British Columbia steps in over Tulsequah Chief Mine cleanup

Acid drainage from the Tulsequah Chief Mine, discolors a leaking containment pond next to the Tulsequah River in British Columbia in 2013. (Photo courtesy Chris Miller/Trout Unlimited)

British Columbia is exploring ways to clean up a long-defunct metals mine about 40 miles northeast of Juneau. The Tulsequah Chief Mine has been polluting the transboundary watershed for decades.

Toronto-based Chieftain Metals took over the mine in 2010. It was the latest in a string of efforts to restart gold, silver, lead and zinc mining near the confluence of the Tulsequah and Taku rivers.

The Canadian mine was developed in the early 20th century. But it was abandoned in 1957.

John Morris Sr. recalls commercial salmon fishing on the Taku River from the 1940s when people in Southeast Alaska began to speculate about the mine upstream impacting the fish.

“It was later on like in 1956 or 1957, I think, that somebody finally said, ‘If you go up to the Tulsequah Chief Mine you’re going to see that holding pond that’s real orange, and there’s a pipe leading out and it’s leaching right into the river,’” Morris said.

Morris is the vice president of the Douglas Indian Association, a federally-recognized tribe in Juneau that’s been working to get the mine site cleaned up for decades.

Tlingit elders on the other side of the border have been doing the same.

“Nothing has really been done,” said John Ward, the elected spokesperson for the Taku River Tlingit First Nation in Atlin, British Columbia. “There was attempts to put in a treatment plant which sorta went sideways. It didn’t work.”

He’s referring to a water treatment plant installed by Chieftain Metals. It operated for nine months but didn’t work and was shut down in 2012.

“Just because it didn’t work doesn’t mean that the pollution stopped. It still continues,” Ward said.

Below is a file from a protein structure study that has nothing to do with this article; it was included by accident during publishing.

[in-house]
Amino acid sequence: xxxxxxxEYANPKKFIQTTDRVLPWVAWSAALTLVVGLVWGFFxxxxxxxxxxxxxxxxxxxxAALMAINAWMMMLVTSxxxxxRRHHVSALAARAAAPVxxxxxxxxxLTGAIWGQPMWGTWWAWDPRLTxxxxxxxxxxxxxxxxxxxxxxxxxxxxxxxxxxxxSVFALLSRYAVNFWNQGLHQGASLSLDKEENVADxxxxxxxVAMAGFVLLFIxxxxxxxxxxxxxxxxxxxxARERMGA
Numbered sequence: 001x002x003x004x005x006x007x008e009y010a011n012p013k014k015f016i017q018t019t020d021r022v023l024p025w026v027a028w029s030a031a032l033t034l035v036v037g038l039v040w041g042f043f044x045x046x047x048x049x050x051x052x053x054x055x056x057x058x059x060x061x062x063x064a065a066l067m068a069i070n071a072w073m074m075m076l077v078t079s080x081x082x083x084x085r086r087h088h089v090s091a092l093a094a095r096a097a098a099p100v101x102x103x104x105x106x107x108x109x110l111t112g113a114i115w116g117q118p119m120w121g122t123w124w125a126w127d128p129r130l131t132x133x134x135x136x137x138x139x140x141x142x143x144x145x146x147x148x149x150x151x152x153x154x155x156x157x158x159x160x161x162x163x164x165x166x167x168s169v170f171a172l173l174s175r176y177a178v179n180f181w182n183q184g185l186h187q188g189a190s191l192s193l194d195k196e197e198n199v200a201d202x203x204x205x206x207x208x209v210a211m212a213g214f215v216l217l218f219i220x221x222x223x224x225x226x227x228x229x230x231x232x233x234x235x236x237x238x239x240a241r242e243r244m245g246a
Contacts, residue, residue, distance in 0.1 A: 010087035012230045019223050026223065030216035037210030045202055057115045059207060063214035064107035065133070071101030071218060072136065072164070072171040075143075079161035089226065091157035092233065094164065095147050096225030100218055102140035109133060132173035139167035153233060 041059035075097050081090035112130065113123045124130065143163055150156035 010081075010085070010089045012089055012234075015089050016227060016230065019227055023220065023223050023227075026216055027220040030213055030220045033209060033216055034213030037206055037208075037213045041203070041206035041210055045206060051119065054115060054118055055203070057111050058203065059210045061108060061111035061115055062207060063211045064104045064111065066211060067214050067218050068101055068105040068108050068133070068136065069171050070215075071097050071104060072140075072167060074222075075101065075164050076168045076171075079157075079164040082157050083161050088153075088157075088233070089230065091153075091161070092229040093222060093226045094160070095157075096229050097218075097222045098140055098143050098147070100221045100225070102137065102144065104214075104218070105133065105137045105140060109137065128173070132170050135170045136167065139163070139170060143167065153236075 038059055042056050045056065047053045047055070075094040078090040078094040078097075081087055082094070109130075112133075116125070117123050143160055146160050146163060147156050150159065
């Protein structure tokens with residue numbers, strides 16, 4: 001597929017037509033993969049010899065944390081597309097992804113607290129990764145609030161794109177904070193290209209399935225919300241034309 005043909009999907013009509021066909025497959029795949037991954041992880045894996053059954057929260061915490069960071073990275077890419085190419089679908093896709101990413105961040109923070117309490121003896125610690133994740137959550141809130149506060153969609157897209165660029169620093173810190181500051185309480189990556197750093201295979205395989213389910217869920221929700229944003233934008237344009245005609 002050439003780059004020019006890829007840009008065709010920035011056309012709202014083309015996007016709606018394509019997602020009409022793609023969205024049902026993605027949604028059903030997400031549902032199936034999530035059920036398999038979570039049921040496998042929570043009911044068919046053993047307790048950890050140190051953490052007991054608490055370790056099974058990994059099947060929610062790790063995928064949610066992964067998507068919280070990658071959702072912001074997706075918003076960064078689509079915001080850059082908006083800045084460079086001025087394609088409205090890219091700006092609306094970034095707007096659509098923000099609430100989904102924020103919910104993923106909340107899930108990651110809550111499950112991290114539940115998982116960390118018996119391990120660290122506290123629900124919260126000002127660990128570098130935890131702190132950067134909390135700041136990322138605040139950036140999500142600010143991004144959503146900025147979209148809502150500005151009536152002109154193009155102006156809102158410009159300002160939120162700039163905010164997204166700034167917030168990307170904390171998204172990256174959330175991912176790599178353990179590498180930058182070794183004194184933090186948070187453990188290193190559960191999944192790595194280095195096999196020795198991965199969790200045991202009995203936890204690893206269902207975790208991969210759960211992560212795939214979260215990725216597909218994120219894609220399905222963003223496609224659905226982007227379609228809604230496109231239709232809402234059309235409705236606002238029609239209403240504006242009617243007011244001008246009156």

Chieftain Metals then ran into serious financial trouble. Losses were reported in the hundreds of millions for creditors and investors and the company went bankrupt in 2016.

It then missed several key deadlines set by British Columbia regulators to address pollution concerns. Its main creditor, West Face Capital, has since taken charge of the site.

Earlier this month, British Columbia’s ministry responsible for mining put a 15-page request for proposals for a private contractor to clean up the site for good.

“They are making some moves now, so that’s good news,” Ward said.

Environmental groups have also welcomed British Columbia’s apparent step toward reclamation.

“I think B.C. is now thinking, ‘To do the right thing, to get this monkey off our back, I think to show that we’re a good neighbor, we’ve got to clean it up,’” said Chris Zimmer of Rivers Without Borders in Juneau. His group will be watching closely to ensure the remediation is comprehensive.

The mine’s legacy left mineral sulfides exposed to air and water that’s been generating acidic runoff for decades.

“We don’t want to quit, we want to keep pushing to get this done,” said Morris. “I’m 78 years old. That was 61 years ago (when) that mine had been shut down and contaminating the Taku. And that is one of the things that’s been on my list to hopefully get done before I’m gone.”

Gov. Bill Walker wrote to his counterpart in British Columbia on Oct. 31 urging the premier to order the mine’s full reclamation.

“This is a priority for Alaskans,” the governor’s fisheries adviser Ephraim Froehlich said in a statement. “The governor hopes to see B.C. follow-through on this effort to its full resolution, as Alaskans will not be satisfied until that is the case.”

British Columbia’s Ministry of Energy, Mines and Petroleum Resources released a statement Wednesday confirming that Chieftain Metals is in compliance with mining laws and regulations.

“The province remains committed to resolving the ongoing contamination and remediation concerns at the site, and holding all owners, both past and present accountable for remediation and reclamation,” the statement said.

The deadline for proposals is Nov. 29. A remediation plan wouldn’t be submitted until late 2019, meaning work wouldn’t actually start until 2020 at the earliest.